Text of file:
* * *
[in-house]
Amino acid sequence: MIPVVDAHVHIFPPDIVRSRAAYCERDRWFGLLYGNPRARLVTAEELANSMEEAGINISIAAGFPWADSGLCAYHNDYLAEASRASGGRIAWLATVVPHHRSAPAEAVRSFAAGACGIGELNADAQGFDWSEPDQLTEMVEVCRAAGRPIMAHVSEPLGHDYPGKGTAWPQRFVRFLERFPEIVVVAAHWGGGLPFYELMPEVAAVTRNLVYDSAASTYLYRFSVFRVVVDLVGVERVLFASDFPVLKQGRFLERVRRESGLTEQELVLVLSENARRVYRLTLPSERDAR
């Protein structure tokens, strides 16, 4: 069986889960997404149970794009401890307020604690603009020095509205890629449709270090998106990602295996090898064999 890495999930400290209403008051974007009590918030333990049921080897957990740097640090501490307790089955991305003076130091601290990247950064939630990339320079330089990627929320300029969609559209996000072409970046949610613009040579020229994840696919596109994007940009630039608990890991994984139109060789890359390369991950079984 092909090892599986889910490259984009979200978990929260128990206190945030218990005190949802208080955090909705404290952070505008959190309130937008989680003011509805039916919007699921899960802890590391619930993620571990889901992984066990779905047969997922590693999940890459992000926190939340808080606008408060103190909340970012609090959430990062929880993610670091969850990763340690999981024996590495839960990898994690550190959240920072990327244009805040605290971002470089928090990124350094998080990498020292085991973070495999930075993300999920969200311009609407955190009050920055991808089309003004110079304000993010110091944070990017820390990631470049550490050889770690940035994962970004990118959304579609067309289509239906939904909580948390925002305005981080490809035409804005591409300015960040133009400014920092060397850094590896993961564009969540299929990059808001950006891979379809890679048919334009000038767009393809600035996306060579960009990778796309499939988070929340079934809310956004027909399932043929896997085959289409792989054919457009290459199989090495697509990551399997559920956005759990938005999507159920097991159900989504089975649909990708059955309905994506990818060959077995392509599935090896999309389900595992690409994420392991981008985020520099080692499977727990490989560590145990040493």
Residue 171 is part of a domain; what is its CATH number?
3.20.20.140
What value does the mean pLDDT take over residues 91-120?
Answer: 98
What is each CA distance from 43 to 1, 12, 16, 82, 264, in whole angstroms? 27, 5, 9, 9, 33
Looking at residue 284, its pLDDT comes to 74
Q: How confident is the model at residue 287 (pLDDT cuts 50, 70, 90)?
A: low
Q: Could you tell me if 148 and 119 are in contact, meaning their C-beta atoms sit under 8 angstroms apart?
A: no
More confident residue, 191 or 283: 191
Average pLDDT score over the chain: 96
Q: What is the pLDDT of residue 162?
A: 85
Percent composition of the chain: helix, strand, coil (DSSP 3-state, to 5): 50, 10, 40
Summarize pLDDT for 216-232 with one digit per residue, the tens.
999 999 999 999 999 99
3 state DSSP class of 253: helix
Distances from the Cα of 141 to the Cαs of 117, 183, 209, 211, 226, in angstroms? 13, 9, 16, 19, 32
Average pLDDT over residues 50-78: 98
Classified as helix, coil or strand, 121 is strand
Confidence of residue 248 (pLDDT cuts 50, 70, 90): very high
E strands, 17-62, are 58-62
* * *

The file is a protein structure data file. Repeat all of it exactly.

[in-house]
Amino acid sequence: MIPVVDAHVHIFPPDIVRSRAAYCERDRWFGLLYGNPRARLVTAEELANSMEEAGINISIAAGFPWADSGLCAYHNDYLAEASRASGGRIAWLATVVPHHRSAPAEAVRSFAAGACGIGELNADAQGFDWSEPDQLTEMVEVCRAAGRPIMAHVSEPLGHDYPGKGTAWPQRFVRFLERFPEIVVVAAHWGGGLPFYELMPEVAAVTRNLVYDSAASTYLYRFSVFRVVVDLVGVERVLFASDFPVLKQGRFLERVRRESGLTEQELVLVLSENARRVYRLTLPSERDAR
């Protein structure tokens, strides 16, 4: 069986889960997404149970794009401890307020604690603009020095509205890629449709270090998106990602295996090898064999 890495999930400290209403008051974007009590918030333990049921080897957990740097640090501490307790089955991305003076130091601290990247950064939630990339320079330089990627929320300029969609559209996000072409970046949610613009040579020229994840696919596109994007940009630039608990890991994984139109060789890359390369991950079984 092909090892599986889910490259984009979200978990929260128990206190945030218990005190949802208080955090909705404290952070505008959190309130937008989680003011509805039916919007699921899960802890590391619930993620571990889901992984066990779905047969997922590693999940890459992000926190939340808080606008408060103190909340970012609090959430990062929880993610670091969850990763340690999981024996590495839960990898994690550190959240920072990327244009805040605290971002470089928090990124350094998080990498020292085991973070495999930075993300999920969200311009609407955190009050920055991808089309003004110079304000993010110091944070990017820390990631470049550490050889770690940035994962970004990118959304579609067309289509239906939904909580948390925002305005981080490809035409804005591409300015960040133009400014920092060397850094590896993961564009969540299929990059808001950006891979379809890679048919334009000038767009393809600035996306060579960009990778796309499939988070929340079934809310956004027909399932043929896997085959289409792989054919457009290459199989090495697509990551399997559920956005759990938005999507159920097991159900989504089975649909990708059955309905994506990818060959077995392509599935090896999309389900595992690409994420392991981008985020520099080692499977727990490989560590145990040493």
Residue 171 is part of a domain; what is its CATH number?
3.20.20.140
What value does the mean pLDDT take over residues 91-120?
Answer: 98
What is each CA distance from 43 to 1, 12, 16, 82, 264, in whole angstroms? 27, 5, 9, 9, 33
Looking at residue 284, its pLDDT comes to 74
Q: How confident is the model at residue 287 (pLDDT cuts 50, 70, 90)?
A: low
Q: Could you tell me if 148 and 119 are in contact, meaning their C-beta atoms sit under 8 angstroms apart?
A: no
More confident residue, 191 or 283: 191
Average pLDDT score over the chain: 96
Q: What is the pLDDT of residue 162?
A: 85
Percent composition of the chain: helix, strand, coil (DSSP 3-state, to 5): 50, 10, 40
Summarize pLDDT for 216-232 with one digit per residue, the tens.
999 999 999 999 999 99
3 state DSSP class of 253: helix
Distances from the Cα of 141 to the Cαs of 117, 183, 209, 211, 226, in angstroms? 13, 9, 16, 19, 32
Average pLDDT over residues 50-78: 98
Classified as helix, coil or strand, 121 is strand
Confidence of residue 248 (pLDDT cuts 50, 70, 90): very high
E strands, 17-62, are 58-62